RGD Reference Report - Androgen insensitive male rats display increased anxiety-like behavior on the elevated plus maze. - Rat Genome Database

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Androgen insensitive male rats display increased anxiety-like behavior on the elevated plus maze.

Authors: Hamson, DK  Jones, BA  Csupity, AS  Ali, FM  Watson, NV 
Citation: Hamson DK, etal., Behav Brain Res. 2014 Feb 1;259:158-63. doi: 10.1016/j.bbr.2013.11.021. Epub 2013 Nov 20.
RGD ID: 10043340
Pubmed: PMID:24269497   (View Abstract at PubMed)
DOI: DOI:10.1016/j.bbr.2013.11.021   (Journal Full-text)

Male rats carrying the testicular feminization mutation (Tfm-affected males) are insensitive to androgens, resulting in a female-typical peripheral phenotype despite possession of inguinal testes that are androgen secretory. Androgen-dependent neural and behavioral processes may likewise show atypical sexual differentiation. Interestingly, these mutant rats display elevated serum corticosterone, suggesting a chronic anxiety phenotype and dysregulated hypothalamic-pituitary-adrenal axis. In order to understand if elevated anxiety-like behavior is a possible mediating variable affecting the display of certain androgen-dependent behaviors, we compared the performance of Tfm-affected males to wild type males and females in the elevated plus maze (EPM). Two well-established indicators of anxiety-like behavior in the EPM were analyzed: total percentage of time spent on the open arms, and the percentage of open arm entries. We also analyzed the total number of open arm entries. Interestingly, Tfm-affected males spent less percentage of time on the open arms than both males and females, suggesting increased anxiety-like behavior. Percentage of open arm entries and the total number of arm entries was comparable between the groups, indicating that the observed decrease in the percentage of time spent on the open arms was not due to a global reduction in exploratory behavior. These data, in contrast to earlier reports, thus implicate androgen receptor-mediated functions in the expression of anxiety behaviors in male rats. Given that anxiety is widely reported as a precipitating factor in depression, studying the role of the androgen receptor in anxiety may give insights into the pathogenesis of major depressive disorder.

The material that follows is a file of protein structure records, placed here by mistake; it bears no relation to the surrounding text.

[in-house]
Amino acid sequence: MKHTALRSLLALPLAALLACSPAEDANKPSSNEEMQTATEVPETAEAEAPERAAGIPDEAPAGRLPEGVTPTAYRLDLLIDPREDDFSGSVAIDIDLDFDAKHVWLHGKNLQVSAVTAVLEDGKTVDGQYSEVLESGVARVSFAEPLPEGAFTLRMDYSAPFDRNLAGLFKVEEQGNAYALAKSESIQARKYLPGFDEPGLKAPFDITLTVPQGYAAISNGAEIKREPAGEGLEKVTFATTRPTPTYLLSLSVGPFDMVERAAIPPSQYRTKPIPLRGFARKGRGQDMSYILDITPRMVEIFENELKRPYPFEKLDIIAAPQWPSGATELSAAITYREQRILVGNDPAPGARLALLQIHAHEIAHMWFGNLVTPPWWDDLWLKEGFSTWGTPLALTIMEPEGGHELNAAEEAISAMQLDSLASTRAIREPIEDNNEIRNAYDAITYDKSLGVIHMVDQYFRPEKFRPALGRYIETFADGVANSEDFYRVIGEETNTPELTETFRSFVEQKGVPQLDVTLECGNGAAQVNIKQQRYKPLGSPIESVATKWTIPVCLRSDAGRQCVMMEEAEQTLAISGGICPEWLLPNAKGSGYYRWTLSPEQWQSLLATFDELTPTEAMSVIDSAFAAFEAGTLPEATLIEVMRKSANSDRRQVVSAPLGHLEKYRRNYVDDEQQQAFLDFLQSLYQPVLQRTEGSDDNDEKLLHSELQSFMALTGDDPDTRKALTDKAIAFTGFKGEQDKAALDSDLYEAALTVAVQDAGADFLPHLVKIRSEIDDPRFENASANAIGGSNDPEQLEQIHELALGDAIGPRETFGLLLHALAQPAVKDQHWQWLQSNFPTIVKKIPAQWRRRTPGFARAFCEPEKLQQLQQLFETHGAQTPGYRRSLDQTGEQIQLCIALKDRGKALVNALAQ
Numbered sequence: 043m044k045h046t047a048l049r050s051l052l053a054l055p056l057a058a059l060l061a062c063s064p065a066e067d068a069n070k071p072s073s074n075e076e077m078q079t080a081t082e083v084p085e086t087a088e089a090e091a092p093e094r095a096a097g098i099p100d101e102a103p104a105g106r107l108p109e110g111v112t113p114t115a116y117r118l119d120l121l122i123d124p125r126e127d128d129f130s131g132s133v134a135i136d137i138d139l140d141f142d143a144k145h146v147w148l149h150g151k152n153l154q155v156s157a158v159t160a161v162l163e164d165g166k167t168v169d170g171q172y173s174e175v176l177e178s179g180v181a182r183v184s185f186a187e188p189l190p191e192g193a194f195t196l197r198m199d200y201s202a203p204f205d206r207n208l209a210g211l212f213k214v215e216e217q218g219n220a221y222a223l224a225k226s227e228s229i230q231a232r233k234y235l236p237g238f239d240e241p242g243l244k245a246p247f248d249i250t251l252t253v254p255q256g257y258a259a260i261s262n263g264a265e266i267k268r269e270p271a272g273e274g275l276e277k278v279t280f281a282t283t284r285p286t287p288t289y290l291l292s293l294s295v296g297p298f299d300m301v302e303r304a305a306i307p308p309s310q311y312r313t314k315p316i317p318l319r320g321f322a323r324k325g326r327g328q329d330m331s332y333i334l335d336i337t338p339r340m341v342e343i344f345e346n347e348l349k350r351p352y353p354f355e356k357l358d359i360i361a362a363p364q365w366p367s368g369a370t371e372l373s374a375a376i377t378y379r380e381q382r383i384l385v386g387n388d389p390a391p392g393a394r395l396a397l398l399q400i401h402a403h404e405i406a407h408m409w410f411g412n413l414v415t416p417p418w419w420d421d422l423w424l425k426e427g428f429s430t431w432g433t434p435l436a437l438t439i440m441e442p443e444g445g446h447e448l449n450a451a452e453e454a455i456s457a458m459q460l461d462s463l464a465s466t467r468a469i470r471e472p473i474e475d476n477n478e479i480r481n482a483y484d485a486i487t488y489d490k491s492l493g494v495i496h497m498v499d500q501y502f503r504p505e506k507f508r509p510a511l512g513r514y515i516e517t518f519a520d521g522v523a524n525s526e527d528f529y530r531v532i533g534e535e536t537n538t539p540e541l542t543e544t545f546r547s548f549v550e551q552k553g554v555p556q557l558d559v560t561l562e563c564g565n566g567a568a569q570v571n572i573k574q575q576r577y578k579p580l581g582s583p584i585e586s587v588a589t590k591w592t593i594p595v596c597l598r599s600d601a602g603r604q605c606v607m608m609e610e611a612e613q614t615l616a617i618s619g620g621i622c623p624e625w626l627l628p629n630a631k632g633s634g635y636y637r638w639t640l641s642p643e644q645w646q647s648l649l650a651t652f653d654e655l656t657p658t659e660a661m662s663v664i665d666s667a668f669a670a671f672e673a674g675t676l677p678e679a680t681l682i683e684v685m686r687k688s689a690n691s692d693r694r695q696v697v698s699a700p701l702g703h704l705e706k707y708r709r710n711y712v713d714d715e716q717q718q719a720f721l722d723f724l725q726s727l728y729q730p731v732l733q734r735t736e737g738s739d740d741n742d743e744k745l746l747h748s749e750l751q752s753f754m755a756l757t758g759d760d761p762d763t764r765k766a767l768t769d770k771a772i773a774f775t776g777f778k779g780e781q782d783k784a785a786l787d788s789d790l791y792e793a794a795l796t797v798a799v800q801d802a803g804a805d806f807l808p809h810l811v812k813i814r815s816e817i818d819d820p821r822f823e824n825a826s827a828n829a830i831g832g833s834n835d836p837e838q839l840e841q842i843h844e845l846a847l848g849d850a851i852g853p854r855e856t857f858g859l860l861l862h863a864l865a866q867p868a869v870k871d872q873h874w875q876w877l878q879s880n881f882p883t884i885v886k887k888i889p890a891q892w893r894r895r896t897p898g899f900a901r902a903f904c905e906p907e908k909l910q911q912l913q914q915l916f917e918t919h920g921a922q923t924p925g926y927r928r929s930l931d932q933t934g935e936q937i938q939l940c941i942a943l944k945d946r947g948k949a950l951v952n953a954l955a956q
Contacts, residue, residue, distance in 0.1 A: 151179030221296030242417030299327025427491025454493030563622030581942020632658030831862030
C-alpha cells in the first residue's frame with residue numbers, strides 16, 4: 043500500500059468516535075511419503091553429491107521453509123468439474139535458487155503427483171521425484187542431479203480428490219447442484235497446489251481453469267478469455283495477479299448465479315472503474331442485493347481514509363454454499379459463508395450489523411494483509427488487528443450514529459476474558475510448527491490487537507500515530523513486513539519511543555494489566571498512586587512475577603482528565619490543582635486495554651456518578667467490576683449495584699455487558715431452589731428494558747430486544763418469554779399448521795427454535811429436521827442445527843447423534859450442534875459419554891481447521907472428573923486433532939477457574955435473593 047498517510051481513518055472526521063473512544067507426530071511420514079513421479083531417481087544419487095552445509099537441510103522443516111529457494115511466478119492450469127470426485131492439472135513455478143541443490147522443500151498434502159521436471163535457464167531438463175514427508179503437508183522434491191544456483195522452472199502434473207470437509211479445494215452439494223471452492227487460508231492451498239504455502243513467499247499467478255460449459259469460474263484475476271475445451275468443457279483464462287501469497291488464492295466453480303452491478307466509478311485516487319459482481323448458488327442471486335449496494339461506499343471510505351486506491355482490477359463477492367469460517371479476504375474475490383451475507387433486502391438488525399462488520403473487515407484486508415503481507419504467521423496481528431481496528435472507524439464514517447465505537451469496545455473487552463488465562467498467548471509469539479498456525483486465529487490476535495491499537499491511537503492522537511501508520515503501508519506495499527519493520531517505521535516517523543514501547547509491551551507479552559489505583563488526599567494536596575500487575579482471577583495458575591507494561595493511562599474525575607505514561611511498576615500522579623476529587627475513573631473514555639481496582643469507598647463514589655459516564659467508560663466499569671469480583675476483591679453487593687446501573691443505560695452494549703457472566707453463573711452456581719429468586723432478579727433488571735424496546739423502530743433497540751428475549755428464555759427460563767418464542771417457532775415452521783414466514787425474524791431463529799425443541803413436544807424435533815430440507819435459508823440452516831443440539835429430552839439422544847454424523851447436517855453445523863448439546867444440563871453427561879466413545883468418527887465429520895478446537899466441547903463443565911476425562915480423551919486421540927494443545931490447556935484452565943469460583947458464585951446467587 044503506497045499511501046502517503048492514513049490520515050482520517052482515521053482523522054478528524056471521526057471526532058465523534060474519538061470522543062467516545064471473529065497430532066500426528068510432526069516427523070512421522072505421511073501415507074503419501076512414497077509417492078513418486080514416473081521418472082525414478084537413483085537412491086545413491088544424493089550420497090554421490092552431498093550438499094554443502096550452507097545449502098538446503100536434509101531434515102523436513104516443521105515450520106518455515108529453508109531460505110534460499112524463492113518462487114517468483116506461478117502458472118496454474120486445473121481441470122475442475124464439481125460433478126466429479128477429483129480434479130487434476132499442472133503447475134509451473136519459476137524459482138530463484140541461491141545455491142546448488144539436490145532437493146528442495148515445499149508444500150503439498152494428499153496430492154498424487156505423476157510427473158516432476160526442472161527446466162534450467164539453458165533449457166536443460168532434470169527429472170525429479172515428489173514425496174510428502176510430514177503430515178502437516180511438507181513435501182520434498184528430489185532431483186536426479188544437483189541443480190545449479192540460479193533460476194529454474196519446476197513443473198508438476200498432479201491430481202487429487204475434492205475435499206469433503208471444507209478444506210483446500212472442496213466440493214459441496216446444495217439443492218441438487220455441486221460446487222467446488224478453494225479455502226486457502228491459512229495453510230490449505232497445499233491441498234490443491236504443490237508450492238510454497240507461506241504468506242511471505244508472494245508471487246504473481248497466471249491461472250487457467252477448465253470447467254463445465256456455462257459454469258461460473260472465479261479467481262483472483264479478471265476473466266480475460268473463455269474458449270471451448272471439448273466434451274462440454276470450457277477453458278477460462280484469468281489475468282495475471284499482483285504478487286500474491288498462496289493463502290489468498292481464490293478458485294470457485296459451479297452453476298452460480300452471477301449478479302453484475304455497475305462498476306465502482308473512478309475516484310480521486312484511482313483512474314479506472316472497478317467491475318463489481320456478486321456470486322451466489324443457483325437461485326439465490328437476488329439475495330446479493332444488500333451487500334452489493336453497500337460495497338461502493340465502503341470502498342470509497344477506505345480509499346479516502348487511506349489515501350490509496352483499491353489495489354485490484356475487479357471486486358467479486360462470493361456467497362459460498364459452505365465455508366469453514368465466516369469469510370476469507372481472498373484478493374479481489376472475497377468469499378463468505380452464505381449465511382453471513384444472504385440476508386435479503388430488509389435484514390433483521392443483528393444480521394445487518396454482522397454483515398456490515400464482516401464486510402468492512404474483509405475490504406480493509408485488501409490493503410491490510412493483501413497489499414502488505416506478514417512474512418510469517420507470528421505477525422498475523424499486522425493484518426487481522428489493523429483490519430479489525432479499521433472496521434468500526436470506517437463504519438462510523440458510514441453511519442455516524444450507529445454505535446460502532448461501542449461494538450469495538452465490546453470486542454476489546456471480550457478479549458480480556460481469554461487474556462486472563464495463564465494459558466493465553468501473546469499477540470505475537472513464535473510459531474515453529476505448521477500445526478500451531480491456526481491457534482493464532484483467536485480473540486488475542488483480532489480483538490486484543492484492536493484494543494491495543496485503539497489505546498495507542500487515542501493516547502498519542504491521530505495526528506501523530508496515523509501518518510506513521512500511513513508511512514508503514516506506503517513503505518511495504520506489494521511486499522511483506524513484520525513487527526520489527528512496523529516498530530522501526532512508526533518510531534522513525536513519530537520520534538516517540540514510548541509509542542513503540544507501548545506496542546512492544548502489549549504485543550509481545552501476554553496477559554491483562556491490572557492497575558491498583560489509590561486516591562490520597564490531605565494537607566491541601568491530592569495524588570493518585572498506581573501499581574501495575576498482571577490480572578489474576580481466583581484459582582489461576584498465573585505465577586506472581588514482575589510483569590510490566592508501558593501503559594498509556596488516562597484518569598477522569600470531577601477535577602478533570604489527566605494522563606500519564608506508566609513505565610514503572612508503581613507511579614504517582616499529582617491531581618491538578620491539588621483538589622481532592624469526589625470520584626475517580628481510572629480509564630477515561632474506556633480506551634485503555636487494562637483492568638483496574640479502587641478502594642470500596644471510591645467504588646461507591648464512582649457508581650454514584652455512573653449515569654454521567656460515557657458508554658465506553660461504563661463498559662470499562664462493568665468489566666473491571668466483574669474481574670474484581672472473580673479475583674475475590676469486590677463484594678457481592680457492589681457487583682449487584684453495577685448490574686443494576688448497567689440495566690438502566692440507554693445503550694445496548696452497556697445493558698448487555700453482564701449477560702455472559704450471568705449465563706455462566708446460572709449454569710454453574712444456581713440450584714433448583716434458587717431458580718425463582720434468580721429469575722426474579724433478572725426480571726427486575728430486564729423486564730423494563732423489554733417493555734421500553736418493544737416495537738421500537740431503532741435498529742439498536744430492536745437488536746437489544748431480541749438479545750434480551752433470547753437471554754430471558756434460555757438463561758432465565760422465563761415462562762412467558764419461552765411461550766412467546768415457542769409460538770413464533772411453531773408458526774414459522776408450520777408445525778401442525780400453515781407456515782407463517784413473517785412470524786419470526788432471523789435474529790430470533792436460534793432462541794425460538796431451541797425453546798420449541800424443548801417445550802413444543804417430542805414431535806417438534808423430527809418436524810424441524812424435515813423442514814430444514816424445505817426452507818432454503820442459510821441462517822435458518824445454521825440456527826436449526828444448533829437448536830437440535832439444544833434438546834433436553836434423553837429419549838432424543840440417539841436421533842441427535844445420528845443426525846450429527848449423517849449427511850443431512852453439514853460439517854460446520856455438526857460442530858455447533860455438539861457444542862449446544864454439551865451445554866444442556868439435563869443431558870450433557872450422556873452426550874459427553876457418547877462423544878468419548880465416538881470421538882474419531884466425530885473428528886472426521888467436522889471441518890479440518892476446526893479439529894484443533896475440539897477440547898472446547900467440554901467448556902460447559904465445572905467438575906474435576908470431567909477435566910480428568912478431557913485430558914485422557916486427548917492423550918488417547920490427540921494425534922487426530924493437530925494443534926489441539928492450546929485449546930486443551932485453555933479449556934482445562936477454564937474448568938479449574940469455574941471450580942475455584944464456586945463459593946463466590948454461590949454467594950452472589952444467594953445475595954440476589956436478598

Phenotype Annotations    Click to see Annotation Detail View

Mammalian Phenotype

TermQualifierEvidenceWithReferenceNotesSourceOriginal Reference(s)
increased thigmotaxis  IAGP 10043340 RGD 
Objects Annotated

Genes (Rattus norvegicus)
Ar  (androgen receptor)

Additional Information